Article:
Despite this, it was found that the transplanted MSCs could home to the infarcted area and act though paracrine mechanisms. MSC therapy appeared to be promising for stroke due to its specific activities. First, MSCs were found to decrease inflammation, promote neurogenesis, inhibit neuronal apoptosis, and improve behavioral and motor function in the ischemic stroke. Brain ischemia affects not only neurons but also vascular cells. As such, MSCs have been shown to promote angiogenesis and vasculogenesis by releasing different growth factors for increasing blood vessel density. Mitochondrial transfer between exogenous MSCs and damaged endothelial cells is another mechanism for amelioration of the patients' state with stroke. MSCs could also stabilize the blood-brain barrier (BBB). The decrease of BBB permeability was observed after MSC infusion in different animal models of stroke. Lastly, the administration of MSCs in the chronic phase of stroke has been shown to activate regenerative mechanisms important for brain function restoration.

Methods of MSCs administration for neurological disorders

Treatment with MSCs for different neurological disorders has been widely studied both in preclinical studies on different animal models and in clinical trials. Based on the studies performed, a high potential for this therapy were demonstrated. Researchers tried several ways of MSCs transplantation, including intravenous, intra-arterial, intrathecal, intranasal, intraspinal, intracerebroventricular, and intracerebral.

Even so, there is still no consensus on which method could give the best results with minimal invasiveness. The Blood-brain barrier (BBB) is an obstacle for delivery of many drugs to the CNS via intravenous injection. Likewise, increasing the survival rate of the transplanted cells still remains a challenge. Systemic transplantation by intravenous cell injection is characterized by a minimal surgical invasion level, but transplanted cells often appear in the damaged area of the brain only a few days after injection and in rather small quantities.

By contrast, the arterial route seems to be a much more attractive way of systemic administration. Intra-arterial administration of MSCshelps to deliver most of the cells to the brain's damaged area and their deposition in the lungs is much smaller after injection. In the animal model studies, intra-arterially delivered MSCs were found in the motor and sensory cortex, hippocampus, striatum, thalamus, and hypothalamus.

Intranasal delivery of MSCs to the brain is another noninvasive method. This type of delivery resulted in the appearance of cells in the olfactory bulb, cortex, hippocampus, striatum, cerebellum, brainstem, and spinal cord. Intranasal delivery of MSCs has shown beneficial effects in rodent models of HD and PD. The use of a conditioned medium of MSC in intranasal delivery as an option for chronic and safe application of its bioactive components is actively investigated. It is suggested that it could be a way to prepare ready-to-buy biologic products for routine use by patients to maintain a stable state of the nervous system from degradation for many NDD.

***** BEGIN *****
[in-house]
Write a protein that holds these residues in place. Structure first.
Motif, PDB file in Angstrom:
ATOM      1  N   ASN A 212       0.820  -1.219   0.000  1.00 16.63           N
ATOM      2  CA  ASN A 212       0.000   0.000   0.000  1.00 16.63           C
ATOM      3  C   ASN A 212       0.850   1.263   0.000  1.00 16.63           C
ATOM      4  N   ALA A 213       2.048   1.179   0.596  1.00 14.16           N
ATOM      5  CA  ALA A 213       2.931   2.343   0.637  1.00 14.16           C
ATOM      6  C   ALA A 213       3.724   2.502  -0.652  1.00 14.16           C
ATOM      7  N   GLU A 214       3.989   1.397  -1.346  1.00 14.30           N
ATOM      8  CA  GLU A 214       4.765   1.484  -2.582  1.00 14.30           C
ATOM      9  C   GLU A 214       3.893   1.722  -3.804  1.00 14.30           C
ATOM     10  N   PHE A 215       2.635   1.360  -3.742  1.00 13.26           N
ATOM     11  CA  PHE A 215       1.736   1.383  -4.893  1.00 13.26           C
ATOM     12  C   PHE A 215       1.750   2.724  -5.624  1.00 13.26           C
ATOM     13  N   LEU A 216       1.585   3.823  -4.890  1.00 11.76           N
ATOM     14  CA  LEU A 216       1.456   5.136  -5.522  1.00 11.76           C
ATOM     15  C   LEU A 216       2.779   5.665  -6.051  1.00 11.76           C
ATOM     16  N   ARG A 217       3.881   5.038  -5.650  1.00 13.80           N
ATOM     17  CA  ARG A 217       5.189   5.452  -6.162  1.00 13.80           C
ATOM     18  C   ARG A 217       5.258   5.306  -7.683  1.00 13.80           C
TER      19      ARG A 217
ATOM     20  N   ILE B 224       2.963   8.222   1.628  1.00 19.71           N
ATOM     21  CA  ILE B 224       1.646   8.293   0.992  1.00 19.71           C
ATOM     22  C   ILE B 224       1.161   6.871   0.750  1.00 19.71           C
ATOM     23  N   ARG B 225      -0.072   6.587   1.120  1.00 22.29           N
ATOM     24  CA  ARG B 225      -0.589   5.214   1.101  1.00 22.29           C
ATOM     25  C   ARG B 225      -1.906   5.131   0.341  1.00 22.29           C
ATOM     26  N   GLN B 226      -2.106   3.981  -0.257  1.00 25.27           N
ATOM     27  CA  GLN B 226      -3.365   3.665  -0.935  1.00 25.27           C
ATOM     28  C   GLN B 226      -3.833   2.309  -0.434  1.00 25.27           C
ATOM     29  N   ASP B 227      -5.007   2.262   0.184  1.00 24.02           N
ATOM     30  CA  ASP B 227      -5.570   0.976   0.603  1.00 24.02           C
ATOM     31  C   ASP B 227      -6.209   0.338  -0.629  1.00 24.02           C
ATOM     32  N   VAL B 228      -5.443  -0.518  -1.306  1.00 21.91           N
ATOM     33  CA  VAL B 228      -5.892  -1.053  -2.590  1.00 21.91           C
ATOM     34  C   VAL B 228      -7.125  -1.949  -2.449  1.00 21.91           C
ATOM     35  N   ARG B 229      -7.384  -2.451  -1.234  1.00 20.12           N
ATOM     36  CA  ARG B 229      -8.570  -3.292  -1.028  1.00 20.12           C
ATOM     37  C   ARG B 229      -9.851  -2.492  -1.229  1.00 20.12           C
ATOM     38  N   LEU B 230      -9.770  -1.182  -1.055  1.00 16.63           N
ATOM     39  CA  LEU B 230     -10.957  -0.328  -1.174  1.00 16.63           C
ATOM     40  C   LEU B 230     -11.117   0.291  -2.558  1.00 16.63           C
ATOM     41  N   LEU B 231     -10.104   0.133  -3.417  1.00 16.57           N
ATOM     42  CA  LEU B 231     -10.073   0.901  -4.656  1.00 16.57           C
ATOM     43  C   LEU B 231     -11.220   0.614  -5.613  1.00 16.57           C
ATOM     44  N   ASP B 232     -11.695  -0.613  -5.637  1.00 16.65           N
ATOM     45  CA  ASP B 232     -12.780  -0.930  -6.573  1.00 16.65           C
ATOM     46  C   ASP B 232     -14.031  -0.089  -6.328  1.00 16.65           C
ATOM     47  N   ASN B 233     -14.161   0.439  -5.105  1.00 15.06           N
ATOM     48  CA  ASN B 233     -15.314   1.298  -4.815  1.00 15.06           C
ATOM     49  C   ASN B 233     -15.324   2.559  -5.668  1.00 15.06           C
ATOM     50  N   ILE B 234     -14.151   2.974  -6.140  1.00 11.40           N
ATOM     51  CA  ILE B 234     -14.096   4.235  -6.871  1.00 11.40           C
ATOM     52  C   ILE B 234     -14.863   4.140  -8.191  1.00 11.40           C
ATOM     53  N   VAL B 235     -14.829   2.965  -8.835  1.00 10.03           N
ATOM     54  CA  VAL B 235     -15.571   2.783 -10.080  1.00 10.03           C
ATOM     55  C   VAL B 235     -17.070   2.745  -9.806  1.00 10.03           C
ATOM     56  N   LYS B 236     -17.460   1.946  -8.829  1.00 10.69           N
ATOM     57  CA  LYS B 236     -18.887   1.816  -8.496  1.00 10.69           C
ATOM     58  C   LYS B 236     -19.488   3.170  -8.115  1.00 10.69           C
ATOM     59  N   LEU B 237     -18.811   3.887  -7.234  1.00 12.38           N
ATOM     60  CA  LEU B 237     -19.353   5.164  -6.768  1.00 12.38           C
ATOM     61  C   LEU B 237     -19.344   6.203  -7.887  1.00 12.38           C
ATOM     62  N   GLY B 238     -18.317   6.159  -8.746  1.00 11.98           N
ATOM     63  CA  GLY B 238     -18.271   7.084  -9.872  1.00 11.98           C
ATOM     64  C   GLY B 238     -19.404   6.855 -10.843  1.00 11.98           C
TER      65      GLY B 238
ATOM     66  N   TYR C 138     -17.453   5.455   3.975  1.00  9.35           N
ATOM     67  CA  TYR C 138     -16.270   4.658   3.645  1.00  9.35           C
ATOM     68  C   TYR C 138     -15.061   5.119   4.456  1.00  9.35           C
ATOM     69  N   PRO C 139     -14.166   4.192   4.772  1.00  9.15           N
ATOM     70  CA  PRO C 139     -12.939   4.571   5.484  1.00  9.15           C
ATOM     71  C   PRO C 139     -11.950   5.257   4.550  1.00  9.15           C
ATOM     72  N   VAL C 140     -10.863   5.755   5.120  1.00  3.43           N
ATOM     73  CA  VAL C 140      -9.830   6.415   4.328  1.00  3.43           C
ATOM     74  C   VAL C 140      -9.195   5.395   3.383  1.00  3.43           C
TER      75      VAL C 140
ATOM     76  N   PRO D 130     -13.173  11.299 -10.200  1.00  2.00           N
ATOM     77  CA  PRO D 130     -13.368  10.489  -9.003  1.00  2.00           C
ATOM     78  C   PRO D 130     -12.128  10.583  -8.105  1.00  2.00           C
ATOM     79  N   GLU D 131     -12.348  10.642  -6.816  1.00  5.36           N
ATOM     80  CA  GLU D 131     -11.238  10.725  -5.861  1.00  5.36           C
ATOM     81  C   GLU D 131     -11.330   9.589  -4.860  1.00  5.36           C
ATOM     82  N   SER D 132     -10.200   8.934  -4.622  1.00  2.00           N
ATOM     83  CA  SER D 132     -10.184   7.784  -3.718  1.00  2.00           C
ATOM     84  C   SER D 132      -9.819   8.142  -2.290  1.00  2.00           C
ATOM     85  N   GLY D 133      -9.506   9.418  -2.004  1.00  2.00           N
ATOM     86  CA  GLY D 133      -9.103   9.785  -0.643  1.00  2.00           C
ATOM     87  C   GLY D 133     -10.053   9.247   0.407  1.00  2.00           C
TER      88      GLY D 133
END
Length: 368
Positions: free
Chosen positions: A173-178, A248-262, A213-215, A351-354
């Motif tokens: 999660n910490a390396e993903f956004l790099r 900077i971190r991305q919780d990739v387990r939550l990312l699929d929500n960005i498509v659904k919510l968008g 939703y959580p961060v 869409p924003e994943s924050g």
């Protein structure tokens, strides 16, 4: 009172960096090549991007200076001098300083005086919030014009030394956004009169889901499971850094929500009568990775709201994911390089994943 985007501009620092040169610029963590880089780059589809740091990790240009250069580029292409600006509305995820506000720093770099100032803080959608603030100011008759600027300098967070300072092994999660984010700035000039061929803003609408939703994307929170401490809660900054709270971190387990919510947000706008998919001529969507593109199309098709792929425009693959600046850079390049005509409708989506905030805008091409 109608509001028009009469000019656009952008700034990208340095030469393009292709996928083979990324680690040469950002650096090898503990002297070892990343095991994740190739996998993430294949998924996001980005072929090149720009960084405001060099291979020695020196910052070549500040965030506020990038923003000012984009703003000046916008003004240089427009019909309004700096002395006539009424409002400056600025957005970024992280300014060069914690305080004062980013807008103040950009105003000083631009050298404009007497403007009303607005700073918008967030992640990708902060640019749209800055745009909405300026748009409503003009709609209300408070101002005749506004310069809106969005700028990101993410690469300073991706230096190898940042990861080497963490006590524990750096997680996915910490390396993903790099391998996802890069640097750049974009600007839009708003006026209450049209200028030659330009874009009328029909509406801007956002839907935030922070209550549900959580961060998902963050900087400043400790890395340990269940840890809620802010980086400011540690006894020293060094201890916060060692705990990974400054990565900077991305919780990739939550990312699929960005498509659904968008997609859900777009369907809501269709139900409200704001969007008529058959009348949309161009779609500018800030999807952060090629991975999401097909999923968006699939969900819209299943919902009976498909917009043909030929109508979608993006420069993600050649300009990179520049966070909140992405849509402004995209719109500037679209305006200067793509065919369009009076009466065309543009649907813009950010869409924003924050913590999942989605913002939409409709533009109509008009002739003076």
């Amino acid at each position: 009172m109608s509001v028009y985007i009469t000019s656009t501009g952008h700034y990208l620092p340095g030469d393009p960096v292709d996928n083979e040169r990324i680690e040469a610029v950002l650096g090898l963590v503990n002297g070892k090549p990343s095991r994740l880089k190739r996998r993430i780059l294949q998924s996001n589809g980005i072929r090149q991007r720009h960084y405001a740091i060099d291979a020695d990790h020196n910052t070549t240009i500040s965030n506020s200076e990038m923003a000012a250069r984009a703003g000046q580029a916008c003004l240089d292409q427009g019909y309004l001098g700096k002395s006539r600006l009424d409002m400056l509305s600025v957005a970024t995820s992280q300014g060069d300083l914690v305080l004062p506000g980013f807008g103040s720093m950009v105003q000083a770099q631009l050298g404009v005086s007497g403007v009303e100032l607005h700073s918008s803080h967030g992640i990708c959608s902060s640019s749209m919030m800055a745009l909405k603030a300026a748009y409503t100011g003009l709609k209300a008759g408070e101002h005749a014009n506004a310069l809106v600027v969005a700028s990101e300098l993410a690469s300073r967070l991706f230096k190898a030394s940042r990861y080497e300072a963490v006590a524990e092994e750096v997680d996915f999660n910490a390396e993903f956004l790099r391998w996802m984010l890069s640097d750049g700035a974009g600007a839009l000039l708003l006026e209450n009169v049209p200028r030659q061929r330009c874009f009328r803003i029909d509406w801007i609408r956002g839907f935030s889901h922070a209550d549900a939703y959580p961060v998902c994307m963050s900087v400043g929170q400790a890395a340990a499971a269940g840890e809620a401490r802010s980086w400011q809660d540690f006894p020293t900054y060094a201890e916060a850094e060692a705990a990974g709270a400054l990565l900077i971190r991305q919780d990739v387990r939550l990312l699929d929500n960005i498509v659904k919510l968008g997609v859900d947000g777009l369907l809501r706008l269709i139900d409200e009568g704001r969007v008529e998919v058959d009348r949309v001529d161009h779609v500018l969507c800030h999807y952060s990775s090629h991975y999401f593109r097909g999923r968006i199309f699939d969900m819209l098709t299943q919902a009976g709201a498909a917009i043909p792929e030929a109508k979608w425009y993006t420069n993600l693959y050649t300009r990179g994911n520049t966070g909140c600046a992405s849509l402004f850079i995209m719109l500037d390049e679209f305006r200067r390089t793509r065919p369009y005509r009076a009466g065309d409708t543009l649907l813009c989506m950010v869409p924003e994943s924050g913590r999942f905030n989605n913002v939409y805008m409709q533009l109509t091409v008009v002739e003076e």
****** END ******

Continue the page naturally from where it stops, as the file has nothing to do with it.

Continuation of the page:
Many studies show that invasive methods of transplantation of MSCs via direct infusion of cells into the injured brain or cerebrospinal fluid could be even more effective. Intrathecal injection is usually made in the lower part of the spinal cord in the space between the arachnoid mater and pia mater. Intrathecally administered cells are distributed with the circulation of cerebrospinal fluid to fluid spaces within the brain. In particular, intrathecal injections of MSCs are currently being used in many clinical trials and show good results. However, these invasive methods may induce some adverse reactions. Patients could experience backache, as well as the risk of an abnormal cerebrospinal fluid flow, caused by cell-induced obstruction, and can result in hydrocephalus.

Given the growing number of basic research and clinical trials evaluating the therapeutic effects of MSCs in neurological diseases have shown its great potential to improve patient symptoms and quality of life, it has been identified that inflammation is a key factor in the pathophysiology of NDD, MDD, and stroke, affecting the central nervous system (CNS) functionality. In this case, the immunomodulatory activity of MSCs may become a good therapeutic strategy in these cases. MSCs have the potential to paracrine activity even without direct cell contact. MSCs also provide a neuroprotective effect through secretion of neurotrophic factors even at a distance from the damaged organ. For these reasons, the creation of genetically modified MSC lines with increased secretion of neurotrophic factors is very important for the development of drugs based on a conditioned media after MSC growth. Intranasal administration of these drugs will be absolutely safe, which could allow patients or their relatives to routinely use these medications to maintain CNS in NDD and delay their progression.

As mentioned earlier, most of these discoveries are limited. To be specific, these findings are limited to preclinical studies only for bone marrow derived MSCs. Kintaro cells are BMSCs and could be used for treatments of NDD, MMD, and stroke as this approach has been proven to be safe and has great potential to improve the symptoms of neurological disorders.